Assessing the Thermal Safety and Thermochemistry of Lithium Metal All-Solid-State Batteries Through Differential Scanning Calorimetry and Modeling

dc.contributor.advisorAlbertus, Paulen_US
dc.contributor.authorJohnson, Nathan Brenneren_US
dc.contributor.departmentChemical Engineeringen_US
dc.contributor.publisherDigital Repository at the University of Marylanden_US
dc.contributor.publisherUniversity of Maryland (College Park, Md.)en_US
dc.date.accessioned2023-06-23T05:55:46Z
dc.date.available2023-06-23T05:55:46Z
dc.date.issued2023en_US
dc.description.abstractSolid-state batteries are often considered to have superior safety compared to their liquid electrolyte counterparts, but further analysis is needed, especially because the desired higher specific energy of a solid-state lithium metal battery results in a higher potential temperature rise from the electrical energy in the cell. Safety is a multi-faceted issue that should be carefully assessed. We build "all-inclusive microcell" Differential Scanning Calorimetry samples that include all cell stack layers for a Li0.43CoO2 | Li7La3Zr2O12 | Li cell in commercially relevant material ratios (e.g. capacity matched electrodes) and gather heat flow data. From this data, we use thermodynamically calculated enthalpies of reactions for this cell chemistry to predict key points in cell thermal runaway (e.g., onset temperature, maximum temperature) and assess battery safety at the materials stage of cell development. We construct a model of the temperature rise during a thermal ramp test and short circuit in a large-format solid-state Li0.43CoO2 | Li7La3Zr2O12 | Li battery based on microcell heat flow measurements. Our model shows self-heating onset temperatures at ∼200-250°C, due to O2 released from the metal oxide cathode. Cascading exothermic reactions may drive the cell temperature during thermal runaway to ∼1000 °C in our model, comparable to temperature rise from high-energy Li-ion cells, but subject to key assumptions such as O2 reacting with Li. Higher energy density cathode materials such as LiNi0.8Co0.15Al0.05O2 in our model show peak temperatures >1300°C. Transport of O2 or Li through the solid-state separator (e.g., through cracks), and the passivation of Li metal by solid products such as Li2O, are key determinants of the peak temperature. Our work demonstrates the critical importance of the management of molten Li and O2 gas within the cell, and the importance of future modeling and experimental work to quantify the rate of the 2Li+1/2O2→Li2O reaction, and others, within a large format Li metal solid-state battery.en_US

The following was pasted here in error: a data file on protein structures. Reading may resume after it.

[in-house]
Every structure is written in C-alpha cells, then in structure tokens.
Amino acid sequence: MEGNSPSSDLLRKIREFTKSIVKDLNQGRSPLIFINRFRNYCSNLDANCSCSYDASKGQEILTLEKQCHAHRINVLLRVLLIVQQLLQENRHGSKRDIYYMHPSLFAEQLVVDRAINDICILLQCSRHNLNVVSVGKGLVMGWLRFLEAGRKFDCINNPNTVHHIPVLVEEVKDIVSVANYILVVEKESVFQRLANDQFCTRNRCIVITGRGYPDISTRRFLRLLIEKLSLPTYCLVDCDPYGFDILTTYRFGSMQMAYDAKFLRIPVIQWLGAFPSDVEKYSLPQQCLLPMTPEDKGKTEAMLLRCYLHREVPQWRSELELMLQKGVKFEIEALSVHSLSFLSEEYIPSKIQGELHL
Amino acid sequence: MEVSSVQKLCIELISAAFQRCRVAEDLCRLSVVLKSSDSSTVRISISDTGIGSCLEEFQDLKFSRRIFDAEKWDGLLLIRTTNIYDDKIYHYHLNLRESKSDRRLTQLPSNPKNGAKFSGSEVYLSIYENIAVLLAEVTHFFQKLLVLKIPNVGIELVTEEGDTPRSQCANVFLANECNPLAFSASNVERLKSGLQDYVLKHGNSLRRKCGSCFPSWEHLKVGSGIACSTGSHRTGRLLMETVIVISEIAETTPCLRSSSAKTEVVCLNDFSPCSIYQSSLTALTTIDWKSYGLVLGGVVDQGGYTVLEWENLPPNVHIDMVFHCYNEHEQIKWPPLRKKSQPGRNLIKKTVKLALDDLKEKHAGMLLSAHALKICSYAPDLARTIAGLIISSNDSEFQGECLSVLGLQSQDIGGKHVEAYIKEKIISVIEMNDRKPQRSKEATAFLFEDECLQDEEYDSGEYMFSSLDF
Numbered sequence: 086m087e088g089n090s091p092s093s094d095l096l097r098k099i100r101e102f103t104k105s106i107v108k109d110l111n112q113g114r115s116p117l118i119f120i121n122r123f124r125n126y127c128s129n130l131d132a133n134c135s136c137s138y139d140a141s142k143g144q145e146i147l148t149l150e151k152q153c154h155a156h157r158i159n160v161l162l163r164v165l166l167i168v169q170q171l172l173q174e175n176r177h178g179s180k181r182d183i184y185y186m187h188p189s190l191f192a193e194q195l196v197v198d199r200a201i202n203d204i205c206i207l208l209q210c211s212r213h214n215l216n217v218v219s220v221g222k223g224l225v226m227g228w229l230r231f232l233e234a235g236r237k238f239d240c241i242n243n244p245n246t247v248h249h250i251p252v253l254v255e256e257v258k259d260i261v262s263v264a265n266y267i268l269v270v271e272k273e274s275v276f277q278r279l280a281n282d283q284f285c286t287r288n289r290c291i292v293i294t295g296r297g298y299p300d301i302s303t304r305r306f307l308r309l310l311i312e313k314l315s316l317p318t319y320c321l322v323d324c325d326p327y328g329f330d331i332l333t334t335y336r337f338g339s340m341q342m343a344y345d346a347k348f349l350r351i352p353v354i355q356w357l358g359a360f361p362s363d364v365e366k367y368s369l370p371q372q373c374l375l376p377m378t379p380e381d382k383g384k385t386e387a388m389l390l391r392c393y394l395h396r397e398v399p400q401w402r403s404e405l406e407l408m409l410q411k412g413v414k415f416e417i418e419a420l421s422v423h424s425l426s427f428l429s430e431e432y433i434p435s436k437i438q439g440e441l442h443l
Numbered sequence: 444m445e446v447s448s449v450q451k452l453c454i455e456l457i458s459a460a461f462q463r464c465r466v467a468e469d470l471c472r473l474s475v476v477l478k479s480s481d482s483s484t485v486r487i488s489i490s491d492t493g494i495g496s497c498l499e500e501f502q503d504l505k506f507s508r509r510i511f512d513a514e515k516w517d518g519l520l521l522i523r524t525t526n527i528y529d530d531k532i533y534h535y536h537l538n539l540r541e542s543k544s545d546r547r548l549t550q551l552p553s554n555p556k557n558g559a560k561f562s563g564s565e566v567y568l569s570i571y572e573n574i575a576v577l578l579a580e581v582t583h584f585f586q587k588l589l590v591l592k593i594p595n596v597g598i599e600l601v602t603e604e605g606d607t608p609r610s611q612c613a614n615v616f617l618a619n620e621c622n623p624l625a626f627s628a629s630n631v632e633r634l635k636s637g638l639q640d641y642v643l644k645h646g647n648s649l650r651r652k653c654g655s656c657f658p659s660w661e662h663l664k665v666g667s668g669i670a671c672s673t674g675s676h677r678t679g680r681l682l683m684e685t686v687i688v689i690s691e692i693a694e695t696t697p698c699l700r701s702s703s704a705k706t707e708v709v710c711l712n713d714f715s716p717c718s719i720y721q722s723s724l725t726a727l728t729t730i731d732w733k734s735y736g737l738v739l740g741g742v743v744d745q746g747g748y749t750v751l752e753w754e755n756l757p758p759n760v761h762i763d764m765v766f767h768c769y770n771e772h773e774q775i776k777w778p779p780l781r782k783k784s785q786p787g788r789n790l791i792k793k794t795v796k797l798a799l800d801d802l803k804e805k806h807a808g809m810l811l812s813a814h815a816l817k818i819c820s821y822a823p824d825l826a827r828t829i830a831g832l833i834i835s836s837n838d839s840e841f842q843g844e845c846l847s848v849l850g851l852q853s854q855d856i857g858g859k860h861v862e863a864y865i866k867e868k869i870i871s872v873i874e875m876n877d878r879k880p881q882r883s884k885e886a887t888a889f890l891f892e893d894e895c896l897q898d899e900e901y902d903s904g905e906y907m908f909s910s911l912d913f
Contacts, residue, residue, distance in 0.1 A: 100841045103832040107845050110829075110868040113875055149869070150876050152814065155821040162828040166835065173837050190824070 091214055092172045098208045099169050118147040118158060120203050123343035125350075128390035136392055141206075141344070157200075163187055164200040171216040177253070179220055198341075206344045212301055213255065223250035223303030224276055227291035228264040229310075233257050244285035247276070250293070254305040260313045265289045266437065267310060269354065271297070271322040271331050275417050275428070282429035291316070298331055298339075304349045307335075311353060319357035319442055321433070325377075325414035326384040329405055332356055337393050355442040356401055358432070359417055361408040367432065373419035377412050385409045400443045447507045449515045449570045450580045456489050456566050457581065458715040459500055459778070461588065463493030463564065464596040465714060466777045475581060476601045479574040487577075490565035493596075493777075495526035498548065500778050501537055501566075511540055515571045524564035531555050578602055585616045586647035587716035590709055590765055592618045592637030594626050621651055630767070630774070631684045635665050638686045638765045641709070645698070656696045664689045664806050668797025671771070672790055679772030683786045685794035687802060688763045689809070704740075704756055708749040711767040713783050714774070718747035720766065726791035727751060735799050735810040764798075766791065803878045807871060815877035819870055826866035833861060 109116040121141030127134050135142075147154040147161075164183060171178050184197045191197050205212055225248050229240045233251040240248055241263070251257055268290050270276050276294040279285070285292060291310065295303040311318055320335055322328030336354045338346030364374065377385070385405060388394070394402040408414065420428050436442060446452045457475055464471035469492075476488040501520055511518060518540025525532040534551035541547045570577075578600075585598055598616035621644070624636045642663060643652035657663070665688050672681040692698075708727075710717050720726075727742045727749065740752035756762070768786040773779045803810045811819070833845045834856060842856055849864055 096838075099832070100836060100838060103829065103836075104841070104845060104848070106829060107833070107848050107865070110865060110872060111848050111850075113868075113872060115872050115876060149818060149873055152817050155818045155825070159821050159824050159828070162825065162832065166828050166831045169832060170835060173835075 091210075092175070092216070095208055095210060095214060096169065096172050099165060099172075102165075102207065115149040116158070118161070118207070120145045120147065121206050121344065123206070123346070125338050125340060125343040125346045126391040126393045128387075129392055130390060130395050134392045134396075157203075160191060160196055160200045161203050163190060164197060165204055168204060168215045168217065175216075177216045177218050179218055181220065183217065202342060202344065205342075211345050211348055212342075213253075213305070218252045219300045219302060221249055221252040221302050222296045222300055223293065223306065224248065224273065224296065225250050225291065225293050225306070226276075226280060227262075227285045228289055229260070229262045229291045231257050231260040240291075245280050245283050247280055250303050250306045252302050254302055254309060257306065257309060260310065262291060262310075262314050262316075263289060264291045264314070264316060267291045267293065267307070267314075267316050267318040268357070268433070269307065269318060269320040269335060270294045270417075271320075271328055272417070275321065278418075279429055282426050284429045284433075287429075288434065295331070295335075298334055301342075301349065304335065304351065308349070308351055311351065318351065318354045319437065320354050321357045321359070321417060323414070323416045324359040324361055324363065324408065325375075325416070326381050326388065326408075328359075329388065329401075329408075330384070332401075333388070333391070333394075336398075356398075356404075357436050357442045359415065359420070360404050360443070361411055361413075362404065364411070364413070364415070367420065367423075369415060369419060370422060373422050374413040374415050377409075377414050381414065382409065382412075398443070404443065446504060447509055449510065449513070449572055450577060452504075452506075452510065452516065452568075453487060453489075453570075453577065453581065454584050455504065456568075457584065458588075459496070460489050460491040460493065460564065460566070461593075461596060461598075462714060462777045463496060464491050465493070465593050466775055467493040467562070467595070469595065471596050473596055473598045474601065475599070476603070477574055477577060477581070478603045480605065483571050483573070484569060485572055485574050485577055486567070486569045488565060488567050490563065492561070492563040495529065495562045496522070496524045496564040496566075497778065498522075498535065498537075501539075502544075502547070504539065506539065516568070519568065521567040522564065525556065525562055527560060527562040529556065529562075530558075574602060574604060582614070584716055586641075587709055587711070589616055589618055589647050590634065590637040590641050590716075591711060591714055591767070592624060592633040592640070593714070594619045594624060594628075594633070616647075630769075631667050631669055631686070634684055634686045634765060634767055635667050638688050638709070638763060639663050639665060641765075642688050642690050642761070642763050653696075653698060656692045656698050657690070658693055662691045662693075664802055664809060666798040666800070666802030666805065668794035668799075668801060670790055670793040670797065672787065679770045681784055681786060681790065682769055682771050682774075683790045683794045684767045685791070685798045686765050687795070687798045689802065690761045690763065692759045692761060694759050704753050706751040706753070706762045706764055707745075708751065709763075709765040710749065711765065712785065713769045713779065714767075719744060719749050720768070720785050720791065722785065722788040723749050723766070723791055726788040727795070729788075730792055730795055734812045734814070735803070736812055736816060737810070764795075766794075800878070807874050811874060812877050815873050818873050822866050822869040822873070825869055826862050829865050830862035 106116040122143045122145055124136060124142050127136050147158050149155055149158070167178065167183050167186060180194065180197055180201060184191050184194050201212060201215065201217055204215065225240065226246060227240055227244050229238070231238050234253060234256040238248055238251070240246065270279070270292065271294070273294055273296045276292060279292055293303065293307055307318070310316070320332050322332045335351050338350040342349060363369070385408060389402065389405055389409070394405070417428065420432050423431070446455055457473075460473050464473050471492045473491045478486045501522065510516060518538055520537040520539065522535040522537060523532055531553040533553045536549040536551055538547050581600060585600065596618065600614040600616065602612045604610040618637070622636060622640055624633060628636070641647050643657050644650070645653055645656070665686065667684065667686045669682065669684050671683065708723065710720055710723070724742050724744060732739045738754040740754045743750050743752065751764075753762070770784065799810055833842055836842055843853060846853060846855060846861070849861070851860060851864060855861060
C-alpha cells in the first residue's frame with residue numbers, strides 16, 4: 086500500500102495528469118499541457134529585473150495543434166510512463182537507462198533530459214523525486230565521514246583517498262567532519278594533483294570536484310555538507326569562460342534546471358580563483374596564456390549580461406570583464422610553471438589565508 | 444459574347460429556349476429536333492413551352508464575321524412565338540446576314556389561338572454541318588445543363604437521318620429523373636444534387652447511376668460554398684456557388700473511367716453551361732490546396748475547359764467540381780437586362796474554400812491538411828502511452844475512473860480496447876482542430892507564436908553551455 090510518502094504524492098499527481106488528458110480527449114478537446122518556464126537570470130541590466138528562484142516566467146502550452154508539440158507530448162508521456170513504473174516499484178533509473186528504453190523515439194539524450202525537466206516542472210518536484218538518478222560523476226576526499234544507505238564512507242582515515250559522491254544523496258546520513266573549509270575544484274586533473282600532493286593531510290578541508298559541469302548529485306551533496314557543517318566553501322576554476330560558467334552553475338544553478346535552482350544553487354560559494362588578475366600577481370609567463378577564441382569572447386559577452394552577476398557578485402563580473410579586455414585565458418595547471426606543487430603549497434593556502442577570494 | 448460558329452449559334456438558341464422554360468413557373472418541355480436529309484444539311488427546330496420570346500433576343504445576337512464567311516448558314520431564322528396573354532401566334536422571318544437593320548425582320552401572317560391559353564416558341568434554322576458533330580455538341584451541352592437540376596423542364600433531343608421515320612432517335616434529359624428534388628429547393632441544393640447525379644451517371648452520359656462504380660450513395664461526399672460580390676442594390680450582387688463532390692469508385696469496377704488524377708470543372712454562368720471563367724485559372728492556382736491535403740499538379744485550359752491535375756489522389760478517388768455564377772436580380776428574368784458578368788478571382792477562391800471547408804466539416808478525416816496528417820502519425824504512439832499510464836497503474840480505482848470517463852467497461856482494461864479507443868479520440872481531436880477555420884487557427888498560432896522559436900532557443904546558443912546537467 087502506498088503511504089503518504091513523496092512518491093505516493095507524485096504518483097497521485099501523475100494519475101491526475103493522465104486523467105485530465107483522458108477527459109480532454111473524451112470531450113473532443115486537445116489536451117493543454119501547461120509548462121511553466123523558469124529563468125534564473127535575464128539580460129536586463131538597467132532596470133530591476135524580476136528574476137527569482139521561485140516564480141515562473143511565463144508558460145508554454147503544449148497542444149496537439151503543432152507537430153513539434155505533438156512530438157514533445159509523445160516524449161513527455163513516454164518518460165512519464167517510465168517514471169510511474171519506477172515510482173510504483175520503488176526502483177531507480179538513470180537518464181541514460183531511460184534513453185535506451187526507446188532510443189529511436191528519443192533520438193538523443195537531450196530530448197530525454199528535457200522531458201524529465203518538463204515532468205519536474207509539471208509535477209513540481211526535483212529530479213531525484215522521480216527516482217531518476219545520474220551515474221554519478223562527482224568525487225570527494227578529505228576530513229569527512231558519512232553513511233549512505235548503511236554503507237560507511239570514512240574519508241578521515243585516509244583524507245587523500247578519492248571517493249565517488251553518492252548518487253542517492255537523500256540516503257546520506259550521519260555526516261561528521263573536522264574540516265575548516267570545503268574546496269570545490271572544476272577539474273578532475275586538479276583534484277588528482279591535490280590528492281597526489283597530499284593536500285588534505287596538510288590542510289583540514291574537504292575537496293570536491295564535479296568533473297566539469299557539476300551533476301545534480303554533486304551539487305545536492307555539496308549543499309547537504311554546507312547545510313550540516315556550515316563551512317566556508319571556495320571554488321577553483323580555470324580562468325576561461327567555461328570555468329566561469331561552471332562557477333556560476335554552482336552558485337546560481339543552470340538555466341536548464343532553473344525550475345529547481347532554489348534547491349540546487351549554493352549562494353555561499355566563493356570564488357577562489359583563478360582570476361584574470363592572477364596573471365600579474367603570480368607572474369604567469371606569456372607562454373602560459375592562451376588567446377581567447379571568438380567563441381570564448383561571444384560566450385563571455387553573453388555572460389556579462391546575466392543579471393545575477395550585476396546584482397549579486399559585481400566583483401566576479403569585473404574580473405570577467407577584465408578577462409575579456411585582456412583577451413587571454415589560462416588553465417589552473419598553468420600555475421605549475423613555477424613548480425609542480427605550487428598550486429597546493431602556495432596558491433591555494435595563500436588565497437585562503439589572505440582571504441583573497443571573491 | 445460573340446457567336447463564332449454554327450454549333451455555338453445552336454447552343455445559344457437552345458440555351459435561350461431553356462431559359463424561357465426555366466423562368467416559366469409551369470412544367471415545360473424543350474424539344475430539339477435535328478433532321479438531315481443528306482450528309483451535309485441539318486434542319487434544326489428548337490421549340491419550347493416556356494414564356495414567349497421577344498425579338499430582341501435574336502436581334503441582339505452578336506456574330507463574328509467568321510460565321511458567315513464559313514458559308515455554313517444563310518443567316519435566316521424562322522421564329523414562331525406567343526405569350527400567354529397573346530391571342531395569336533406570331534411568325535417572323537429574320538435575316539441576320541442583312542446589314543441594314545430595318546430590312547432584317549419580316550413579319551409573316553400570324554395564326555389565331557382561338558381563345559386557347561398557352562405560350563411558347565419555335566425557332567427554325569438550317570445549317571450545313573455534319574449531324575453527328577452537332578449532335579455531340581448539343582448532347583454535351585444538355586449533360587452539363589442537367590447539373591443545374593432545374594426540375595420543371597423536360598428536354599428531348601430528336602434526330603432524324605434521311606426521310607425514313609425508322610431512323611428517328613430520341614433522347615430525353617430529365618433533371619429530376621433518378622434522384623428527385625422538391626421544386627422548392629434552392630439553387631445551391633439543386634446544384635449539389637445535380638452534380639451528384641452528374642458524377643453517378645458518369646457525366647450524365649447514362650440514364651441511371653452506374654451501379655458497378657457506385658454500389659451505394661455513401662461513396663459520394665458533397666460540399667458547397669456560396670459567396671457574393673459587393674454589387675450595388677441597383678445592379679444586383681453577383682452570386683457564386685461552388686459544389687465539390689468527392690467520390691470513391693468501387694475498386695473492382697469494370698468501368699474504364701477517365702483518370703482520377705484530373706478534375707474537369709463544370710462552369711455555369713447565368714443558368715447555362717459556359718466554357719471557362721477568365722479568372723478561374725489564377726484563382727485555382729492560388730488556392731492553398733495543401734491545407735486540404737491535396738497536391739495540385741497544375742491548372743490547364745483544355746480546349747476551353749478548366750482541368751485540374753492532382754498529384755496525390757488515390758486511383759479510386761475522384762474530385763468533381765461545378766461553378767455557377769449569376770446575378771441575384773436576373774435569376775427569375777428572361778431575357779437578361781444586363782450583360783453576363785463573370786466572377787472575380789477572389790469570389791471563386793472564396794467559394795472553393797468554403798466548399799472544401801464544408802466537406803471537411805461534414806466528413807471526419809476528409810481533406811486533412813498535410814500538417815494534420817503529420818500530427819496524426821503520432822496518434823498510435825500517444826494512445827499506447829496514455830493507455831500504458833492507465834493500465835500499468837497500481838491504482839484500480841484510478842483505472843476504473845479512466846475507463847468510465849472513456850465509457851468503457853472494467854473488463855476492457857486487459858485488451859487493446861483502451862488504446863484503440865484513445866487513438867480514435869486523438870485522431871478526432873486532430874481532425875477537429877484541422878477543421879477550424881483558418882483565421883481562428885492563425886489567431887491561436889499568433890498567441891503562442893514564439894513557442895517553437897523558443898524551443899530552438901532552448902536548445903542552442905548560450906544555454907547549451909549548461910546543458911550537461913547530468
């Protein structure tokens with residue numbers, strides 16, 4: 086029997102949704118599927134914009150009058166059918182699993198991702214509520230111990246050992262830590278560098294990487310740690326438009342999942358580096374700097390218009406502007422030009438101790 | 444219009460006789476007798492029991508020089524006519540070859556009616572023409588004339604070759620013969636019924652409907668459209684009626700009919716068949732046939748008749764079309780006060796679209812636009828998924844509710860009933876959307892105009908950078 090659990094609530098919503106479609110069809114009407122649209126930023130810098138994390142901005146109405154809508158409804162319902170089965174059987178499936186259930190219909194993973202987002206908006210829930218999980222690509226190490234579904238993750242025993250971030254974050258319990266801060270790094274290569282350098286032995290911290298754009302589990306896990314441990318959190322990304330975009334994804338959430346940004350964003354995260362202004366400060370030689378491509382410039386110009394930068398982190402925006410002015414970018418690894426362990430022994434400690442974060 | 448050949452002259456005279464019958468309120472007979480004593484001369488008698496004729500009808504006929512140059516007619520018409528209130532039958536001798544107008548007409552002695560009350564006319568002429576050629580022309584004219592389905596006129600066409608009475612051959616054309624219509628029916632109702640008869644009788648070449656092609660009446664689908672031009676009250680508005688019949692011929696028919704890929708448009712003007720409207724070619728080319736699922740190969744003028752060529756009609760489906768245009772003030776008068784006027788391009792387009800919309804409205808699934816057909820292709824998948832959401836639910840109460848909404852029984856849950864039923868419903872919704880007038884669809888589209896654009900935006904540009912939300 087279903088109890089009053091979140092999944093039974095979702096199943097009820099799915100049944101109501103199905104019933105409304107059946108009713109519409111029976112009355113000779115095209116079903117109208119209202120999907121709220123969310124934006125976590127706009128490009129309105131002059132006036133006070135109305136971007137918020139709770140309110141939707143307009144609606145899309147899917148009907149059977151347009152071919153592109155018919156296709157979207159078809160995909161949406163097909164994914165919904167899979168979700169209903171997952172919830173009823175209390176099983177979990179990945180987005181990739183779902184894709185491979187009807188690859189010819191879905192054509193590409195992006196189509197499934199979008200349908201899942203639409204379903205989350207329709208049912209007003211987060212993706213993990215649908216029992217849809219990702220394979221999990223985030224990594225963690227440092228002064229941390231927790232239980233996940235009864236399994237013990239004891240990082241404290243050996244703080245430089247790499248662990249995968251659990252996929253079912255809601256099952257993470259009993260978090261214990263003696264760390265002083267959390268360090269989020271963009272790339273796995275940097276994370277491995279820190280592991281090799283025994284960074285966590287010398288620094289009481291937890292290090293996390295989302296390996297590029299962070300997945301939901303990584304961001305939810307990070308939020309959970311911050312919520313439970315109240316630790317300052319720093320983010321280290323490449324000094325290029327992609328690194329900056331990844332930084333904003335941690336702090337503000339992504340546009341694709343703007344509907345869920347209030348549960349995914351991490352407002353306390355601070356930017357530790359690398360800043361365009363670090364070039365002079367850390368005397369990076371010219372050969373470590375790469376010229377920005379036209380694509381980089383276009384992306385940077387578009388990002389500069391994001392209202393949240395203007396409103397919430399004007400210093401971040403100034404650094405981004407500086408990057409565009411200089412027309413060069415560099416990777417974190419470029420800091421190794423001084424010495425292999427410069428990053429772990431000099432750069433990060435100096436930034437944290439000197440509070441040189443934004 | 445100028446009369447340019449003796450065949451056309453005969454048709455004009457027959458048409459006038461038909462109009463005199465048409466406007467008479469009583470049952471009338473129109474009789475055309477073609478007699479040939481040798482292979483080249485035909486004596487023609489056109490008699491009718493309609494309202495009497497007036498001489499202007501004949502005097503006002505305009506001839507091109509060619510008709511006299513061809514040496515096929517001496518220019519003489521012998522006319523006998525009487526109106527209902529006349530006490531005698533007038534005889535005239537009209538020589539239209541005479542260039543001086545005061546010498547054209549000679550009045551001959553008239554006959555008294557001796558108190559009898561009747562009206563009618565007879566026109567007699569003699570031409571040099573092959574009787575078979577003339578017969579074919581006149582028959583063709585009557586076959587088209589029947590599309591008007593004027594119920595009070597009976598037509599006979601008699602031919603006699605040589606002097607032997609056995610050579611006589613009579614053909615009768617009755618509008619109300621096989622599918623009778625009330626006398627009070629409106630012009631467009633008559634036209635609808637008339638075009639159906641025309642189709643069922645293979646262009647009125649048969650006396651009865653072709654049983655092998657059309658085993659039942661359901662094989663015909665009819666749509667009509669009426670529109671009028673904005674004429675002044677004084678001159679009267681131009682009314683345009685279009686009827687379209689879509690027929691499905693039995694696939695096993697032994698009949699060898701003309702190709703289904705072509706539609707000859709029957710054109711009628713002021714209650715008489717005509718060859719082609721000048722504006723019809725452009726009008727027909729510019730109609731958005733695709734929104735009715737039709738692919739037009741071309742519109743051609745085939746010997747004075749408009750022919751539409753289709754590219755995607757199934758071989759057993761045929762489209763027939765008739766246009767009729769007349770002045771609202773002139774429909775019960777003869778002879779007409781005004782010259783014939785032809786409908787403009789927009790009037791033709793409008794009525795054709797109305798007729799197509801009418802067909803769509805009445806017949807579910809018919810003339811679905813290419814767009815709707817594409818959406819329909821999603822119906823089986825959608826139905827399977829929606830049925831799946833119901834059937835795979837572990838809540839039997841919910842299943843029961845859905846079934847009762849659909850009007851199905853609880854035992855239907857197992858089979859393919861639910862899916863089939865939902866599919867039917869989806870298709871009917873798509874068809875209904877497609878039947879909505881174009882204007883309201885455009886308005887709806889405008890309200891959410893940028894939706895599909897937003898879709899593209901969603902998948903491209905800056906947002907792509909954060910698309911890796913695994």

dc.identifierhttps://doi.org/10.13016/dspace/ra1j-neuc
dc.identifier.urihttp://hdl.handle.net/1903/29979
dc.language.isoenen_US
dc.subject.pqcontrolledEnergyen_US
dc.subject.pqcontrolledChemical engineeringen_US
dc.subject.pqcontrolledMaterials Scienceen_US
dc.subject.pquncontrolledBatteriesen_US
dc.subject.pquncontrolledEnergy Storageen_US
dc.subject.pquncontrolledLithiumen_US
dc.subject.pquncontrolledSafetyen_US
dc.subject.pquncontrolledSolid Stateen_US
dc.subject.pquncontrolledThermochemistryen_US
dc.titleAssessing the Thermal Safety and Thermochemistry of Lithium Metal All-Solid-State Batteries Through Differential Scanning Calorimetry and Modelingen_US
dc.typeDissertationen_US

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